He becomes a constant source of therapy for our father figure as well as providing some amusing stories about his times in Woodstock, and he describes the film’s narrative meaning with that poetic diatribe. Recognizing that dreams don’t always come true and we have to learn how to live without them. It’s not crushing, nor is it saddening per say. The film handles it in a way that inspires us to relook at life in a way that is far more optimistic than dour. 

Where the film gains a lot of steam that pushes it from good to great is its music. It has an indie-folk style that also has a lot of pop to it, providing a soundtrack that is so infectiously passionate. Forcing you to tap your toes while allowing the lyrics speak to your soul, it's that kind of music that we all listen to for some upliftment, and it delivers in that way. The film does have a few touching songs that echo the inherent emotion placed into this family dilemma, something that is sure to roll a tear or two from every eye in the theater. 

Aesthetically, Brett Haley and his cinematographer, Eric Lin, deliver a summerish atmosphere to the film. Providing a vivid and bright array of visuals that attract the eye, with yellows and greens radiating throughout the screen. The environment is very hipsterish, with flannels and coffee and retro style scenery that blends in with the story in an organic fashion. The camera itself moves freely, circling our artists when they begin to jam out, providing this momentum building essence that excited me with joy and vibrancy, something the film continued to do with ease.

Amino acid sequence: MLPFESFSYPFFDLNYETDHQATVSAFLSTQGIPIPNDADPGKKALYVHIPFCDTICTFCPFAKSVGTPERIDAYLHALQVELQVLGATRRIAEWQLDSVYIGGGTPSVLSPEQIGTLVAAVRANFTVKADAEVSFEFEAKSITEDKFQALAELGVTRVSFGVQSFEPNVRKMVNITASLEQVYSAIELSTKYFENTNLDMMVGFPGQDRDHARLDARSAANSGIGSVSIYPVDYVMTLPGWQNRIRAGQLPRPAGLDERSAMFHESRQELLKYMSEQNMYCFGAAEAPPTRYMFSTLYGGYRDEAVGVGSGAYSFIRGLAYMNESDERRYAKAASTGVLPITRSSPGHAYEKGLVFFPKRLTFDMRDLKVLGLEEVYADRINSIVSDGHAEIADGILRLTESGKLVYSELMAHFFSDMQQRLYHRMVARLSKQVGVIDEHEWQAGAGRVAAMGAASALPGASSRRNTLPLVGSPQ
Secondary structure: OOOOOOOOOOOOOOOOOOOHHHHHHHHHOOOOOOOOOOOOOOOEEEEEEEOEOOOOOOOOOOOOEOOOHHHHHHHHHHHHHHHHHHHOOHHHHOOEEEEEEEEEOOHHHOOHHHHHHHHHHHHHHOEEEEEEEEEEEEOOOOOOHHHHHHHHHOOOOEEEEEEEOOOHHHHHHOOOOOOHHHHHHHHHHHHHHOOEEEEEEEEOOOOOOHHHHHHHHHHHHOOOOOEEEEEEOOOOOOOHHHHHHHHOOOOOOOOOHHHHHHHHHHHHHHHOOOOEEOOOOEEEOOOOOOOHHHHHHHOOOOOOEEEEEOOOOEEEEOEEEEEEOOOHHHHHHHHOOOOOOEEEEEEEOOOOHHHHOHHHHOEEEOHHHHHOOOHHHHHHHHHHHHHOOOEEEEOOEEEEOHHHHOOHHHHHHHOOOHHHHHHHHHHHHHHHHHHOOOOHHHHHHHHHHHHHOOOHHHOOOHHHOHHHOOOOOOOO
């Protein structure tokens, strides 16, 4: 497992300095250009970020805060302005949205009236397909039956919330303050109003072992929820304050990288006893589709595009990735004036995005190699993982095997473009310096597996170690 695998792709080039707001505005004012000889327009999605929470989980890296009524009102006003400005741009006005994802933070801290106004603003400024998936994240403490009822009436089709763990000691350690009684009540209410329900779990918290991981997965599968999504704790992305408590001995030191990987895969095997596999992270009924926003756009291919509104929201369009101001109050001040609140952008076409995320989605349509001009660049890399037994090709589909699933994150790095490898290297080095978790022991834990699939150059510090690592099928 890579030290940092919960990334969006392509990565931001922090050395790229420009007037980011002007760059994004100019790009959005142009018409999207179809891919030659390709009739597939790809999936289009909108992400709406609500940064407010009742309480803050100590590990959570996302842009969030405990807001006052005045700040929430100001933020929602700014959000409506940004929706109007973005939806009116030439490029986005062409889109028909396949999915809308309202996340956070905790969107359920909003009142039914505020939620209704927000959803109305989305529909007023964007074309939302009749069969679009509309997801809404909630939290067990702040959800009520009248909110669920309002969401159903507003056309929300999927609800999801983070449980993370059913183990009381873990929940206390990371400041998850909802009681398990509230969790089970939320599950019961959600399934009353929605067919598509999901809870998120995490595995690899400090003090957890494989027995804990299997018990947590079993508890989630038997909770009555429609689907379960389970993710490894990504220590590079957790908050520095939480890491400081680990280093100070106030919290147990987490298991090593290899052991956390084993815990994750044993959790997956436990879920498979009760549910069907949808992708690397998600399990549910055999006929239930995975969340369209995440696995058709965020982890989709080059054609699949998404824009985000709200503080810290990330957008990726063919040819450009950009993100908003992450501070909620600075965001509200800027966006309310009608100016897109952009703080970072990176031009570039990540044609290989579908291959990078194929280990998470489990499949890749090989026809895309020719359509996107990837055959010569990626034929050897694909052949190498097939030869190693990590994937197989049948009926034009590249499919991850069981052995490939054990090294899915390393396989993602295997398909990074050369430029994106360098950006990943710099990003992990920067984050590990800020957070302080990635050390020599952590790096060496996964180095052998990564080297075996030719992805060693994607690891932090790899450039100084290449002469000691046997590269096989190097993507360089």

Both Offerman and Clemons deliver fantastic performances. Offerman (“Parks and Recreation” & “Hero”), returning for his second team up with Brett Haley, has always been the cuter and far more charismatic version of Tom Selleck for me, and he displays it again in “Hearts Beat Loud” with some adorably humorous moments with Kiersey Clemons (“Dope” & “Neighbors 2: Sorority Rising”). 

He also provides some of the film’s most passionate moments, moments that are only outdone by Kiersey Clemons who surprises with an exceptional performance. She gives these naturalistic moments that feel as if we’re watching Sam instead of Kiersey Clemons pretending to be Sam Fisher. If it weren't for her co-star Toni Collette’s phenomenal performance in “Hereditary,” she would be my front-runner for the best female performance of the year thus far. Collette also delivers a solid performance in this movie, as well as Ted Danson who is fun to see as always, and there’s also some fun scenes with Blythe Danner who depicts Frank’s (Nick Offerman) mother.